I recently had a member call to inquire as to whether their employee’s leave to donate bone marrow would qualify as covered FMLA leave. In this particular instance, the bone marrow donation was not directed at a specific family member (rather just a donation to a bank for qualified donors/recipients) and the donation wouldn’t require an overnight stay at a medical facility. When it comes to marrow/organ donation how does the FMLA view the leave?
First, you have to remove the emotional aspect from the decision. Donating marrow is clearly an exceptional act, however, you want to focus on whether it meets the qualifications necessary to be considered a serious health condition. Let’s review the six categories that a condition must fall in to meet a serious health condition as defined by the FMLA:
- Inpatient care
- Incapacity for more than three days with continuing treatment by a health care provider
- Incapacity relating to pregnancy or prenatal care
- Chronic serious health conditions
- Permanent or long-term incapacity
- Certain conditions requiring multiple treatments
So if we take bone marrow donation as an example, we can assume it would not meet the qualifications at face value since the employee will not be receiving inpatient or ongoing care. In essence, they will go for the transplant donation procedure and then may have some recovery time but can expect to go on with their normal activities. Organ donation may meet the qualifications based on the fact that the individual will probably have an inpatient care several day stay and potential follow-up treatments.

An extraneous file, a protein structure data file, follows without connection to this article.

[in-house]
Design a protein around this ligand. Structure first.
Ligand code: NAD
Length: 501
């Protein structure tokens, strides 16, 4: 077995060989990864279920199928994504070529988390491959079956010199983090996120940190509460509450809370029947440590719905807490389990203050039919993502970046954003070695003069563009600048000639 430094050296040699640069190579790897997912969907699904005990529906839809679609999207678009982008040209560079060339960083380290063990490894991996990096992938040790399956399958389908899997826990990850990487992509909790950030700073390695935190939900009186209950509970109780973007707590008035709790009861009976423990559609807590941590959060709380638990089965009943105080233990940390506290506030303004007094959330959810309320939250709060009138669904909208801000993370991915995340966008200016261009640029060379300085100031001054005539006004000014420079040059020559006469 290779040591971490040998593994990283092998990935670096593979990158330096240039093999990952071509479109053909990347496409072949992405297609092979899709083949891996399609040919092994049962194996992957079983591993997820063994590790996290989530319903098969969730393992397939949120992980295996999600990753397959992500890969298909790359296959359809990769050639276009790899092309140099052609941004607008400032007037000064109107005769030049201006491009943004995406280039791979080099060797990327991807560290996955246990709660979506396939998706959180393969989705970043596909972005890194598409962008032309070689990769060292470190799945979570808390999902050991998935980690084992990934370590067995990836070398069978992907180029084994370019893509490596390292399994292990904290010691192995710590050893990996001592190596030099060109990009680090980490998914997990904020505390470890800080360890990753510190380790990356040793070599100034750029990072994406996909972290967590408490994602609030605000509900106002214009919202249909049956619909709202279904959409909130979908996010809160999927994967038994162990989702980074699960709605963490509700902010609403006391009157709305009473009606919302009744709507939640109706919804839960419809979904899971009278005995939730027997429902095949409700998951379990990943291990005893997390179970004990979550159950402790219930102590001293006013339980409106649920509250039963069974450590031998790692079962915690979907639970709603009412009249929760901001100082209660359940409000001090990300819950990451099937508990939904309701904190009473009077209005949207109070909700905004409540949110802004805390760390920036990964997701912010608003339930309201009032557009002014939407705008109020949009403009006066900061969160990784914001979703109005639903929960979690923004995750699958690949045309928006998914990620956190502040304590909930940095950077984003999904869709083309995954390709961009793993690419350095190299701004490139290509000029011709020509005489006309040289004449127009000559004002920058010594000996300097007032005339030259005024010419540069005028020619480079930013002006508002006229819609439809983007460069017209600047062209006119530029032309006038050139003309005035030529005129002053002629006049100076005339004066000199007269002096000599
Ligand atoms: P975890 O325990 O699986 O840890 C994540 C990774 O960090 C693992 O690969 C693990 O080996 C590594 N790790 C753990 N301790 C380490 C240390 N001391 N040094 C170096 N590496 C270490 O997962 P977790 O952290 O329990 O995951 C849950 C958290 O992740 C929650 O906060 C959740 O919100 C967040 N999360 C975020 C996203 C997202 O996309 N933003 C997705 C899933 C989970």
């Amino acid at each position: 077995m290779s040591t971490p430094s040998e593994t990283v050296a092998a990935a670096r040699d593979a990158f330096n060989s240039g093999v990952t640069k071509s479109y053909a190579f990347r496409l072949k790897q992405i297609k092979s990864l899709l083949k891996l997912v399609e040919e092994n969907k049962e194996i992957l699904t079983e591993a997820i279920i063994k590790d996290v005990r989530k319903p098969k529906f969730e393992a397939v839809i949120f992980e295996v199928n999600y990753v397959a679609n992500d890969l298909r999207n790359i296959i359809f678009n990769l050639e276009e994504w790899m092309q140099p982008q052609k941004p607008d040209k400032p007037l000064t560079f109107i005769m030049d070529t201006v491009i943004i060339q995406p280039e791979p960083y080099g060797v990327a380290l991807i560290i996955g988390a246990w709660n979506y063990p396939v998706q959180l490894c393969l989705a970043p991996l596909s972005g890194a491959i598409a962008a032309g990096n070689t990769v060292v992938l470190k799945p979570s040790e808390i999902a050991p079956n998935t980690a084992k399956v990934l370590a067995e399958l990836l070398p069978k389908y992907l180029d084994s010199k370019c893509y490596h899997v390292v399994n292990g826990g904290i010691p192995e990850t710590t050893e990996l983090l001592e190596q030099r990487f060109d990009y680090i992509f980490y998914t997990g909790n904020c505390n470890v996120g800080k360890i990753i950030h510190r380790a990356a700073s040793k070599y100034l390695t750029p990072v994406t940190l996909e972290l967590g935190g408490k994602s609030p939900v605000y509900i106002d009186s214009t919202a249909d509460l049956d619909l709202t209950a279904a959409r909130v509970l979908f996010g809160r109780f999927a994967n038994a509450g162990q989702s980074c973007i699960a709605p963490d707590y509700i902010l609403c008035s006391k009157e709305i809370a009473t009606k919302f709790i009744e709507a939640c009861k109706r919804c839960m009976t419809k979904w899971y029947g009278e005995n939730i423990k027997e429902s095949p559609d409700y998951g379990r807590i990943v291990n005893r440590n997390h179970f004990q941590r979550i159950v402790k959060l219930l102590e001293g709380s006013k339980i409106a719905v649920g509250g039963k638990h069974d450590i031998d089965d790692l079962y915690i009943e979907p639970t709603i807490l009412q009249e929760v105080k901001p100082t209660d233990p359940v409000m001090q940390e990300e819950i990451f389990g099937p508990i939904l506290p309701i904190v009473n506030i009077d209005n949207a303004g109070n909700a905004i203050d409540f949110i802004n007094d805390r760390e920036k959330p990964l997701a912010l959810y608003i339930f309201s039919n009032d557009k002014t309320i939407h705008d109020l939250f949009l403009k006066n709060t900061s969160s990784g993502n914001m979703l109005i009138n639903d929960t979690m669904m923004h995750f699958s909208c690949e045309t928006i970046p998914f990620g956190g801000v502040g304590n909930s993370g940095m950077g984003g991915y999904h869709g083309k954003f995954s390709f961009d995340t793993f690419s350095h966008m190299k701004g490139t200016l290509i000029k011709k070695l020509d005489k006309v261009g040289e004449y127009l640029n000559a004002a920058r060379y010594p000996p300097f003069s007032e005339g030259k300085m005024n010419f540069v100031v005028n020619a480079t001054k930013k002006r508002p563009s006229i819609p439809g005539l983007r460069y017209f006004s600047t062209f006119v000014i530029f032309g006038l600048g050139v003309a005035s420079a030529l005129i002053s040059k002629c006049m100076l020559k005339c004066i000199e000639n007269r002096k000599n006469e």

As with any procedure, if the individual develops complications from the transfusion or donation and needs to have additional care, the original donation might not have met the qualification at the time of the request but the complications may now qualify. An example would be an infection or surgical complication.
There are several states that have organ/marrow donation leave laws. North Carolina does not have an organ/marrow donation leave law for private employers. State employees may be given reasonable time off with pay for whole blood donation, pheresis procedures and bone marrow transplants. State employees may be given up to 30 days with pay for organ donation.
Bottom Line: As with any FMLA request, employers should review all of the request details and have a conversation with their employees to understand the circumstances regarding the request. Take the request and compare it to the items necessary to qualify for a serious illness under FMLA regulation. If it doesn’t meet the qualifications you can deny the request, but be prepared to offer another solution to the employee, for example, if the company offers personal leave or sick time that might help cover the leave. It’s important to have an open communication with the employee to help find the best solution for the business and your employee.
Complying with state and federal laws that affect your workplace is not always straight forward. That’s where CAI’s HR experts come in. Find out more about how CAI can help you in building an engaged, well-manged and low-risk workplace.
Emily’s primary area of focus is providing expert advice and support in the areas of employee relations and federal and state employment law compliance as a member of the Advice & Resolution team for CAI. Additionally, Emily advises business and HR leaders in operational and strategic human resources areas such as talent and performance management, employee engagement, and M&A’s. Emily has 10+ years of broad-based HR business partnering experience centering around employee relations, compliance & regulatory employment issues, strategic and tactical human resources, and strong process improvement skills.
Organ Donor Image Credit: Catherine Lane, 2015